This Employer has apologized to the Grievor in the course of these proceedings and affirmed its desire to maintain and to continue a positive relationship with the Grievor. However, this apology was only offered once the Union refined and narrowed the claim for relief in the course of preparation for this hearing, even though the breach of the Confidentiality Policy was apparent from the outset. Therefore almost three (3) years had gone by. The evidence also disclosed that the Employer had not required its contractors to abide by this Policy and there is no evidence to suggest that it has done so to date. Employers often criticize grievors who do not offer timely apologies in situations of wrongdoing. Employers should be held to the same standard. The apology from the Employer is clearly meaningful and significant, but it did come very late and it lacks completion, given the apparently continuing failure to insist on compliance with its Confidentiality Policy by the contractors who serve the residents and interact with the members of this bargaining unit.
The most common and preferred strategy for responding to a loss of data is to conduct a good early assessment and “take lumps” – including by issuing an appropriate apology and committing to corrective action. This case supports the use of that strategy.
Having good investigative capacity is essential to good data breach response. More often than not, a post-incident investigation involves gathering evidence from witnesses. Digital forensics is also a common part of a breach investigation, but digital forensic evidence typically complements other testimonial and documentary evidence. For this reason I’m sharing a presentation I did with student conduct officers at Canadian colleges and universities last week, in which my aim was to prepare the audience to deal with a more challenging “credibility case.” It is relevant to human resources practitioners engaged in an investigative capacity post-incident and is relevant to lawyers and others who act as “breach coaches.”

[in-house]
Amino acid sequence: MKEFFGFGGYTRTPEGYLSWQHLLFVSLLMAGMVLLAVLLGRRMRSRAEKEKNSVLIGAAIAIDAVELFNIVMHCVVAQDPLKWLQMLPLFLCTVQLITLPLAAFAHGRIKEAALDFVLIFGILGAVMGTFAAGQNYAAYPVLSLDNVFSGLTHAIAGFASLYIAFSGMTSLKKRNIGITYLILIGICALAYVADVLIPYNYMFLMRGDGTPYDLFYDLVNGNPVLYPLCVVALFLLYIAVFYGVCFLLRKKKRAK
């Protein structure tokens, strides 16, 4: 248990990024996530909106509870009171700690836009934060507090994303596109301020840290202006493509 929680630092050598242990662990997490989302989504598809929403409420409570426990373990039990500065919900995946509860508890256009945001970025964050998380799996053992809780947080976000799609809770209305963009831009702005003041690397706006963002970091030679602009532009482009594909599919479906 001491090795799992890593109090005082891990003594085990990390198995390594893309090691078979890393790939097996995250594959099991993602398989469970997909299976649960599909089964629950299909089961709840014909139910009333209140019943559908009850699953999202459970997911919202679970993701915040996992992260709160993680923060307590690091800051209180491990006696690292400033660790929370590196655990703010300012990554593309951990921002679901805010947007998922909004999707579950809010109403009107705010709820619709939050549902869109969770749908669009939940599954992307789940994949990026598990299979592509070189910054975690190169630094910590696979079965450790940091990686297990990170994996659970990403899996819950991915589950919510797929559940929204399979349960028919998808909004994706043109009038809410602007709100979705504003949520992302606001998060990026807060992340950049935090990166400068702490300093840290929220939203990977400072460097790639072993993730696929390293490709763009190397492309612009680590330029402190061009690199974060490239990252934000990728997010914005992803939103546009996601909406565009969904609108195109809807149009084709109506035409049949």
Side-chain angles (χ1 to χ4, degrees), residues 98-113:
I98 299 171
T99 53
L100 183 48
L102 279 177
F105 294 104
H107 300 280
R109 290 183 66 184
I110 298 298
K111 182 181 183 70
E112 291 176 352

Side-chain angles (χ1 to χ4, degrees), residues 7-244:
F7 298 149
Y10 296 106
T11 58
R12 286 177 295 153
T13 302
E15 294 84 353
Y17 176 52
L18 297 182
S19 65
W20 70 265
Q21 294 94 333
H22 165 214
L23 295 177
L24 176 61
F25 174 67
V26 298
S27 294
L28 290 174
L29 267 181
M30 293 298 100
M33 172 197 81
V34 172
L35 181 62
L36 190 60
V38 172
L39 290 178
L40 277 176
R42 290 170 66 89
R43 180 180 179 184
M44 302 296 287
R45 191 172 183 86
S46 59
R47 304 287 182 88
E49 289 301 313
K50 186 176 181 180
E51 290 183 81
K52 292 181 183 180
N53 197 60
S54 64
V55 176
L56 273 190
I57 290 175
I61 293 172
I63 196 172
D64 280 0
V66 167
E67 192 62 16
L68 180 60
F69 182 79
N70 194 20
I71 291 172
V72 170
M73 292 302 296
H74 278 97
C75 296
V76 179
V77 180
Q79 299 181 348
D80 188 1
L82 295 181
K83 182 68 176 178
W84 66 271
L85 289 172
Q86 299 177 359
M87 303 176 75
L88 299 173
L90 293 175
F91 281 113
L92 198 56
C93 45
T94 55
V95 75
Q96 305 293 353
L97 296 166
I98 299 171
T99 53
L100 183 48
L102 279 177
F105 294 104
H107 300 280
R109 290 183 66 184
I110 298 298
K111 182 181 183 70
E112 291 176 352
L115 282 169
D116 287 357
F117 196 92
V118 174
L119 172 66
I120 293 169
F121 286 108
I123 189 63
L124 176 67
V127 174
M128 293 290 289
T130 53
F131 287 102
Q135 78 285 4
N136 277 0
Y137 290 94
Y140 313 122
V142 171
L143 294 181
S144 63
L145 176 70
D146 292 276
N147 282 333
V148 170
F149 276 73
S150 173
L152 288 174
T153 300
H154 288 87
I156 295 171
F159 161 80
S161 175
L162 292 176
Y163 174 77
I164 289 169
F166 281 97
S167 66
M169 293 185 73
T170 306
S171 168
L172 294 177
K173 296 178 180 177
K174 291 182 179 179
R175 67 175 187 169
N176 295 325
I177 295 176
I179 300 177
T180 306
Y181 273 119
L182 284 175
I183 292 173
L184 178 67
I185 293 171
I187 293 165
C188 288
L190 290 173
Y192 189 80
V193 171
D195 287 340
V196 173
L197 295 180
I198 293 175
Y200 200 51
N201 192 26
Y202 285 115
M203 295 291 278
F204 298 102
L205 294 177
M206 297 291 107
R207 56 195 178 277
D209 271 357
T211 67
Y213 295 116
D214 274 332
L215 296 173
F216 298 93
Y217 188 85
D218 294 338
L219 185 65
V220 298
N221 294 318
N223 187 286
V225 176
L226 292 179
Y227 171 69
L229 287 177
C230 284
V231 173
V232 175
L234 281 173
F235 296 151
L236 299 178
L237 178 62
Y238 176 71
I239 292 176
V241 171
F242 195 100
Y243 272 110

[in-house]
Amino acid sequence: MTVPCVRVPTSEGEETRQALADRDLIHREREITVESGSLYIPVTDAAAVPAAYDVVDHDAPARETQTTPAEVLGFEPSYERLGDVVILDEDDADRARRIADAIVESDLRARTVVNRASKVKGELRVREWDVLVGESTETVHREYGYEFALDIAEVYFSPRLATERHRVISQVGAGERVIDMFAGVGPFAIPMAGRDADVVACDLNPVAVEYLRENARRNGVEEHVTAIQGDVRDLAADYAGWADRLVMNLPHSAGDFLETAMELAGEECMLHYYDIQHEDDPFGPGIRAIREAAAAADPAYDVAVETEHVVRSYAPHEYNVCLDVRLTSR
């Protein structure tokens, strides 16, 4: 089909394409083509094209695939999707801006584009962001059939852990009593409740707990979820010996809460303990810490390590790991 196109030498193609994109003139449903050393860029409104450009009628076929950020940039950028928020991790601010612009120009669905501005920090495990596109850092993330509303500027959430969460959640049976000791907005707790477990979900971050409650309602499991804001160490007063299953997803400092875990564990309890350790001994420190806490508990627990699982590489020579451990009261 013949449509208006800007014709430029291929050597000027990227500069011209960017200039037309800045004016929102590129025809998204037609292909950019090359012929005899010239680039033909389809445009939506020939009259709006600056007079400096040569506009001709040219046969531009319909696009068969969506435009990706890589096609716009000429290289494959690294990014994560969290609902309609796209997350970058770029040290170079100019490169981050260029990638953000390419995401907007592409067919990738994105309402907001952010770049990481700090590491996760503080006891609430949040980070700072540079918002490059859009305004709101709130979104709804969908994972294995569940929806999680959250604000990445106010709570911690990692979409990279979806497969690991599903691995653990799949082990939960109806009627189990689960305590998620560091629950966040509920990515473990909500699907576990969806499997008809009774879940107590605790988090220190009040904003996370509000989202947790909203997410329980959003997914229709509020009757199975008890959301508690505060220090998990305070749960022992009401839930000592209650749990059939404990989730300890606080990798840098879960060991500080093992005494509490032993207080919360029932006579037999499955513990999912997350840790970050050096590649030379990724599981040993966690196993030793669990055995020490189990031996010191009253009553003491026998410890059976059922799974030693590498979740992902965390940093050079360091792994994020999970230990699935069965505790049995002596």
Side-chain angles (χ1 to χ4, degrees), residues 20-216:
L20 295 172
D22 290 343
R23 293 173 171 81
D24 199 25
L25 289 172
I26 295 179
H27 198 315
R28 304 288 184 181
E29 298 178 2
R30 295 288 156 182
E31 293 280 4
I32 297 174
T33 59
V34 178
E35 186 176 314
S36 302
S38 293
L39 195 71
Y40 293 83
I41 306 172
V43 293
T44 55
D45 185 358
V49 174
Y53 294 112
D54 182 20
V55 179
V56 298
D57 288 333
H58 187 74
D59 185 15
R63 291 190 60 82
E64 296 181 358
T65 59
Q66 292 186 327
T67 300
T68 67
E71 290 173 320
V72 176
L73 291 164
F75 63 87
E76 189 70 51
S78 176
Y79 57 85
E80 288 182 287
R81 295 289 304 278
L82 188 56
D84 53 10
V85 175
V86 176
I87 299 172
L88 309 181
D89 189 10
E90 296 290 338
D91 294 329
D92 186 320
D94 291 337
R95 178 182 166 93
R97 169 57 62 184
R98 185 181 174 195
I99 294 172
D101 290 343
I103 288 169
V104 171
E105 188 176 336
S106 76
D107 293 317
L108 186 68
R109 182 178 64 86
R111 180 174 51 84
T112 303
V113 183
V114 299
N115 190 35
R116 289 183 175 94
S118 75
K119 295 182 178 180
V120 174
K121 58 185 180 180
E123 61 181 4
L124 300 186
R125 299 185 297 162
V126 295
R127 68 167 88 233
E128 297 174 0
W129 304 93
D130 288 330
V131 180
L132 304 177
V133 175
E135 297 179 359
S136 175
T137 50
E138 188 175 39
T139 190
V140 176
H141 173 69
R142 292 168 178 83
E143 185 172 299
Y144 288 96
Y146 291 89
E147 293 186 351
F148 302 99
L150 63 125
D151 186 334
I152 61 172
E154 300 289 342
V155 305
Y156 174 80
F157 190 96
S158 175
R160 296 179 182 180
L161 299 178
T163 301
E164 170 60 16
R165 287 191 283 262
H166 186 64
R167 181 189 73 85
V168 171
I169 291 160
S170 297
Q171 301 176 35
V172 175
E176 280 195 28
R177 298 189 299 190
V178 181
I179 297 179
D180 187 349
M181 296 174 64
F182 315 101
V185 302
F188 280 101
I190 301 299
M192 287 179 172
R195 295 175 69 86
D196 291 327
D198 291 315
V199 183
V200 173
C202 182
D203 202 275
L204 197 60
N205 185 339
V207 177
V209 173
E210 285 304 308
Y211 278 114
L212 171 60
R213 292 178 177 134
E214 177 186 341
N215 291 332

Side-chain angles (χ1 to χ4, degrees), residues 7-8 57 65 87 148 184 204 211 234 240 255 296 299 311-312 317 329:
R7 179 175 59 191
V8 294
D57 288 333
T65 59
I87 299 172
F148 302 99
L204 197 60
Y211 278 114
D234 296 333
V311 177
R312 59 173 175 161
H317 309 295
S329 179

Today I did short update-style presentation at a session jointly-sponsored by the Canadian Insurance Adjusters Association, the Canadian Defence Lawyers and the Canadian Insurance Claims Managers Association. It includes content on breach notification statutory changes and notable case law. Slides below.
Today, the Office of the Information and Privacy Commissioner for British Columbia held that the District of Saanich breached the British Columbia Freedom of Information and Protection of Privacy Act by installing endpoint monitoring software on employee workstations.
The District’s plan was not well conceived – apparently arising out of a plan to shore up IT security because the District’s new mayor was “experienced in the area of IT.”
The District installed a product called Spector 360 – a product billed as a “comprehensive user activity monitoring solution.” This is software that enables the collection of detailed data from “endpoints” on a network. It is not intrusion detection software or software that helps analyze events across a network (which the OPIC noted is in use at other British Columbia municipalities).
The District enabled the software on 13 workstations of “high profile users” to capture a full range of endpoint data, including screenshots captured at 30 second intervals and data about all keystrokes made. The purported purpose of this implementation was to support incident response, a purpose the OIPC suggested could only support an inadequate, reactive IT security strategy.
The OIPC held that the District collected personal information without the authorization it required under FIPPA and failed to notify employees as required by FIPPA. I’ll save on the details because the OIPC’s application of FIPPA is fairly routine. I will note that the OIPC’s position is balanced and seems to adequately respect institutions’ need to access system information for IT security purposes. It acknowledges, for example, that some limited data collection from endpoints is justifiable to support incident response. Not surprisingly, the OIPC does not endorse taking screen shots or collecting keystroke data.